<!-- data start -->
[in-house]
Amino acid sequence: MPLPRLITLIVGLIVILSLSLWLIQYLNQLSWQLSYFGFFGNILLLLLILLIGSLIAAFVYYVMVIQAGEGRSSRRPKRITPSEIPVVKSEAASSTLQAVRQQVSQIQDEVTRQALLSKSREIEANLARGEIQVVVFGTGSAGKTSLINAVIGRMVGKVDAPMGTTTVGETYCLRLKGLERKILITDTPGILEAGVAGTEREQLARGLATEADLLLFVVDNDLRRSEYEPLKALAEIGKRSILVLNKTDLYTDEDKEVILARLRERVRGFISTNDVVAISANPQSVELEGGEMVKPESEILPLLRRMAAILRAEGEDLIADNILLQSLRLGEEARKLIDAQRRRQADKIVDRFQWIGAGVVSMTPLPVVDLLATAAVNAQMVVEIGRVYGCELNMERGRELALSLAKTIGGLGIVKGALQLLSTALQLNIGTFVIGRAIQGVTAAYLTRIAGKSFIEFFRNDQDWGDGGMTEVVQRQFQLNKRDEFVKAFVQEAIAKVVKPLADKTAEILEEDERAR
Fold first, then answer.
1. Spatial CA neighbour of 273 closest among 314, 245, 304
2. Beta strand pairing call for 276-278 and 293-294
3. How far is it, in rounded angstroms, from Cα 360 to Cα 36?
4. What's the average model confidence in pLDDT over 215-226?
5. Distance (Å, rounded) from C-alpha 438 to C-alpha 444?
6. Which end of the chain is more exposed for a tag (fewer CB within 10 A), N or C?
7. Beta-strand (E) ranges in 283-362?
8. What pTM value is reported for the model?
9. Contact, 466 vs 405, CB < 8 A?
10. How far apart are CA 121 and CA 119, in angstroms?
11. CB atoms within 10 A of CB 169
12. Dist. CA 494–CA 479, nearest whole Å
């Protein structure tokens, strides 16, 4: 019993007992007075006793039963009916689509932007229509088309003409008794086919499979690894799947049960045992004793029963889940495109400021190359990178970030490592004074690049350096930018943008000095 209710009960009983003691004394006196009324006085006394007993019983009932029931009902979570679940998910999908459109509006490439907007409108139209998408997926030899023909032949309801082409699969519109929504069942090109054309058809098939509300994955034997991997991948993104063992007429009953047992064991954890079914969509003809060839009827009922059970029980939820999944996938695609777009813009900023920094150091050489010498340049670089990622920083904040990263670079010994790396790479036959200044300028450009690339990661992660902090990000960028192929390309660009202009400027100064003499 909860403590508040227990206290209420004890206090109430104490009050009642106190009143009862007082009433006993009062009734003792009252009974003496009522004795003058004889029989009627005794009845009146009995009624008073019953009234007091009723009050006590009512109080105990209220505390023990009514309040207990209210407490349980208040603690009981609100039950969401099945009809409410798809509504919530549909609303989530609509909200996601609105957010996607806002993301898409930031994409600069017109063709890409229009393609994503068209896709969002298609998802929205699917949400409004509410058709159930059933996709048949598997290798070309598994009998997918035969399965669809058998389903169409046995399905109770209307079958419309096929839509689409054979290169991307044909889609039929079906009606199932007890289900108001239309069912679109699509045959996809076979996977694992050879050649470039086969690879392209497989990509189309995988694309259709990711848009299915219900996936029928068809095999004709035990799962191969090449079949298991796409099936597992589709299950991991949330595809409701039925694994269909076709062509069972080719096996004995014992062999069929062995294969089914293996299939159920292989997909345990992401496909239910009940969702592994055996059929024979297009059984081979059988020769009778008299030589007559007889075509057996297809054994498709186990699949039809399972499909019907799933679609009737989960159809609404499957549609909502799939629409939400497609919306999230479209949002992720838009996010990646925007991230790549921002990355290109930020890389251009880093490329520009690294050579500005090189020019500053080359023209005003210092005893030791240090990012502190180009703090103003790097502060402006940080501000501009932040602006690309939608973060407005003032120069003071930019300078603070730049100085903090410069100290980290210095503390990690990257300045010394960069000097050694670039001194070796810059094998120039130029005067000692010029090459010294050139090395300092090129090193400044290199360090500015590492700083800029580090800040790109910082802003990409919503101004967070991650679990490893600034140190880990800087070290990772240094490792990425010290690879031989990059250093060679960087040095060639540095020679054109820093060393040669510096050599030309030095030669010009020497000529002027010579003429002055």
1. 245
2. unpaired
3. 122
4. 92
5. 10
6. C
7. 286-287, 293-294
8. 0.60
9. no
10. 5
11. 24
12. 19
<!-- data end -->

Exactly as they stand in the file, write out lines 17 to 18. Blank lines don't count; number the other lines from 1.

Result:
1. 245
2. unpaired